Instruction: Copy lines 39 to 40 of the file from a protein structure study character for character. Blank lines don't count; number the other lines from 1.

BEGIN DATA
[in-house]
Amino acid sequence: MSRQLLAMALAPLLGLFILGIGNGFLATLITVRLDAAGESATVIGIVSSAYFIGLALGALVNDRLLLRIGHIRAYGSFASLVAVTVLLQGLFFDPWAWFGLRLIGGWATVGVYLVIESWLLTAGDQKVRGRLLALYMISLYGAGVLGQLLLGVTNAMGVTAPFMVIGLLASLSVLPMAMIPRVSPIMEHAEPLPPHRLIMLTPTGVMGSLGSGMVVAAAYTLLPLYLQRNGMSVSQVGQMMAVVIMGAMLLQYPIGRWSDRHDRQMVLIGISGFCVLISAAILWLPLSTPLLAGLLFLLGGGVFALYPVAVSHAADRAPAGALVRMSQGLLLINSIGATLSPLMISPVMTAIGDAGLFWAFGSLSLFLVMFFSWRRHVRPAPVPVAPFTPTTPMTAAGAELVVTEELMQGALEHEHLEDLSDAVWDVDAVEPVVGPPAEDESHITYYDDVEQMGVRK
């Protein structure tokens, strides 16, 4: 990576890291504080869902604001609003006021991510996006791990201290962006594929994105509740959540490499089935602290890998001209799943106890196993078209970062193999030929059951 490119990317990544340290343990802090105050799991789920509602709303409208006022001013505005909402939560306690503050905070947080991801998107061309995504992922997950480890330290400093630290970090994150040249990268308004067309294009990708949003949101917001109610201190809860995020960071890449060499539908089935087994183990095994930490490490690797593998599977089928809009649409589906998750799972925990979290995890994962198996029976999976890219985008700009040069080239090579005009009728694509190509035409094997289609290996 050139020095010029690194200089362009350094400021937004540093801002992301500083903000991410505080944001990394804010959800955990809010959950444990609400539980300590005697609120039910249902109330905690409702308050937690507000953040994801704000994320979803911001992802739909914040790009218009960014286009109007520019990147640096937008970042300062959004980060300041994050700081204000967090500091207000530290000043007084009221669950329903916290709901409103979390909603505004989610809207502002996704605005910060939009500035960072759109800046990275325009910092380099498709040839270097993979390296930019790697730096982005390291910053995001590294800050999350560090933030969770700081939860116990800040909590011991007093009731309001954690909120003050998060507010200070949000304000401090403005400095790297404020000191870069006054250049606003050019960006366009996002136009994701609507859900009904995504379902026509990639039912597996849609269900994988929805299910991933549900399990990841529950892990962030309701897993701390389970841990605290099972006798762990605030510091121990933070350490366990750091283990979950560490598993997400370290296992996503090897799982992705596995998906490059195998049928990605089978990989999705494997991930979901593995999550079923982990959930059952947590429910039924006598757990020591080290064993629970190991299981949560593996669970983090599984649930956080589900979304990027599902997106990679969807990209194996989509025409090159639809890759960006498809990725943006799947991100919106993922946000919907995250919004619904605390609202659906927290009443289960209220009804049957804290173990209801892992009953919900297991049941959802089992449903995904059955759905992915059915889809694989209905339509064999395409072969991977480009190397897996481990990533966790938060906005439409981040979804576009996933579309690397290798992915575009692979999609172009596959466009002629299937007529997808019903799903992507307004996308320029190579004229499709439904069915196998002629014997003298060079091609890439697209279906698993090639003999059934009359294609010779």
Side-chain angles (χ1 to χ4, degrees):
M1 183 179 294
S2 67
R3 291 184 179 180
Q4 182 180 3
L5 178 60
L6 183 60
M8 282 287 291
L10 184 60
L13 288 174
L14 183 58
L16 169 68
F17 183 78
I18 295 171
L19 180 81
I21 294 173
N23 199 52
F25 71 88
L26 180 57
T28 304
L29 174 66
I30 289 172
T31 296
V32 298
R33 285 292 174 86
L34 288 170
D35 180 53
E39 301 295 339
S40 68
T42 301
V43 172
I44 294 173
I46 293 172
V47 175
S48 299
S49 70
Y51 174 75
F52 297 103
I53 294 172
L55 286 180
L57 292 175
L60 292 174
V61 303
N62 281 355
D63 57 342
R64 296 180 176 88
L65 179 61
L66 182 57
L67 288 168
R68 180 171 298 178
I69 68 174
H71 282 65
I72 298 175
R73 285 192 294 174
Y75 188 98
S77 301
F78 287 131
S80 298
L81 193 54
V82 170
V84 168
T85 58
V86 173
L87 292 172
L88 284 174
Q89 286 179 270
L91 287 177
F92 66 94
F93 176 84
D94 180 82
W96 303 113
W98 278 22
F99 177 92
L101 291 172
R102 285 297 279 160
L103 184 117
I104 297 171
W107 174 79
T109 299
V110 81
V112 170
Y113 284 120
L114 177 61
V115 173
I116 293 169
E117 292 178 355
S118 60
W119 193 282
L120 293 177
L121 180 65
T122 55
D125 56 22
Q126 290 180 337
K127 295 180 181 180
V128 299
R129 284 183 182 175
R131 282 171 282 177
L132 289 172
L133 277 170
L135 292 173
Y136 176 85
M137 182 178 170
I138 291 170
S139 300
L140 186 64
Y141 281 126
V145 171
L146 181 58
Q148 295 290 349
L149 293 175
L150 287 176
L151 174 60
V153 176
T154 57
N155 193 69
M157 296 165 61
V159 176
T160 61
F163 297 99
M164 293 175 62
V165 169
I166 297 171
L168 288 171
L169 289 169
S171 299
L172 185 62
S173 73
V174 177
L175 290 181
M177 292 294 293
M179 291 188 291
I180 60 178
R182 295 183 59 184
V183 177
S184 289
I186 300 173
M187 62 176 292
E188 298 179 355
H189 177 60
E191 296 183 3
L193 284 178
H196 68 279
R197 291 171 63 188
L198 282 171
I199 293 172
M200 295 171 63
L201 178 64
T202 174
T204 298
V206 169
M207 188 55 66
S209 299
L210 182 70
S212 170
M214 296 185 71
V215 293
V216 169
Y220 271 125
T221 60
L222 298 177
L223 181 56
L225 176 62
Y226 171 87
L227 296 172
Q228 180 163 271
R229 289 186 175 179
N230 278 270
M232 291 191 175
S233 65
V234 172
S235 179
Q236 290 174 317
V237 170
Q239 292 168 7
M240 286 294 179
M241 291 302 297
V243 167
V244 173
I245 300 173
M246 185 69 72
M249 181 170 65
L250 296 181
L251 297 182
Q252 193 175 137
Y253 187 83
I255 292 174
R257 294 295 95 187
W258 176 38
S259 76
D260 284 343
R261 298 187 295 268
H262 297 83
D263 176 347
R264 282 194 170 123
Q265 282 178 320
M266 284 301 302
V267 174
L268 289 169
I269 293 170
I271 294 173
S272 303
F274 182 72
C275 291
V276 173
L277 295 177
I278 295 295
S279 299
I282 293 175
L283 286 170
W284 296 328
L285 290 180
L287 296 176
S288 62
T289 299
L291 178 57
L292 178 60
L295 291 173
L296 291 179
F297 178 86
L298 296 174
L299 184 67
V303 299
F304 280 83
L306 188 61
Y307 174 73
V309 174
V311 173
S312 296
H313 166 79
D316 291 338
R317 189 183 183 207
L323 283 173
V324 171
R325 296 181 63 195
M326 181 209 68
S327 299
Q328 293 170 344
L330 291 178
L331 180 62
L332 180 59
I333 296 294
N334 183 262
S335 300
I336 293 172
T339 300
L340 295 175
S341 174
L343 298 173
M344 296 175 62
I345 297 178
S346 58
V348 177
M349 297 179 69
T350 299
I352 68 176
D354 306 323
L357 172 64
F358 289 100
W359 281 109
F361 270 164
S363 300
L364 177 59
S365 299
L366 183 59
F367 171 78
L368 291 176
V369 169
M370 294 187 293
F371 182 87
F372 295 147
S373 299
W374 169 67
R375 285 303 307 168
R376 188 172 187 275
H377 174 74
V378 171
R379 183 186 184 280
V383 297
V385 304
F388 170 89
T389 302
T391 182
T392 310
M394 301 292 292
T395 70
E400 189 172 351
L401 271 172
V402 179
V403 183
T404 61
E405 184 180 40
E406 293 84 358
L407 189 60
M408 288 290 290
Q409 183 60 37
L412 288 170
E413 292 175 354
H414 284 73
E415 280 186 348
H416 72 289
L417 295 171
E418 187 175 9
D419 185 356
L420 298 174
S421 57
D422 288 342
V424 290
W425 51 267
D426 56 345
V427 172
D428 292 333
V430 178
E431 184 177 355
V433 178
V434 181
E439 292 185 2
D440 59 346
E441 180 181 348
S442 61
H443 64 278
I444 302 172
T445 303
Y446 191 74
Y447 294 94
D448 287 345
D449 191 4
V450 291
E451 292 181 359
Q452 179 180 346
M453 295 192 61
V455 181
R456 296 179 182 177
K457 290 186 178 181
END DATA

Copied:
S49 70
Y51 174 75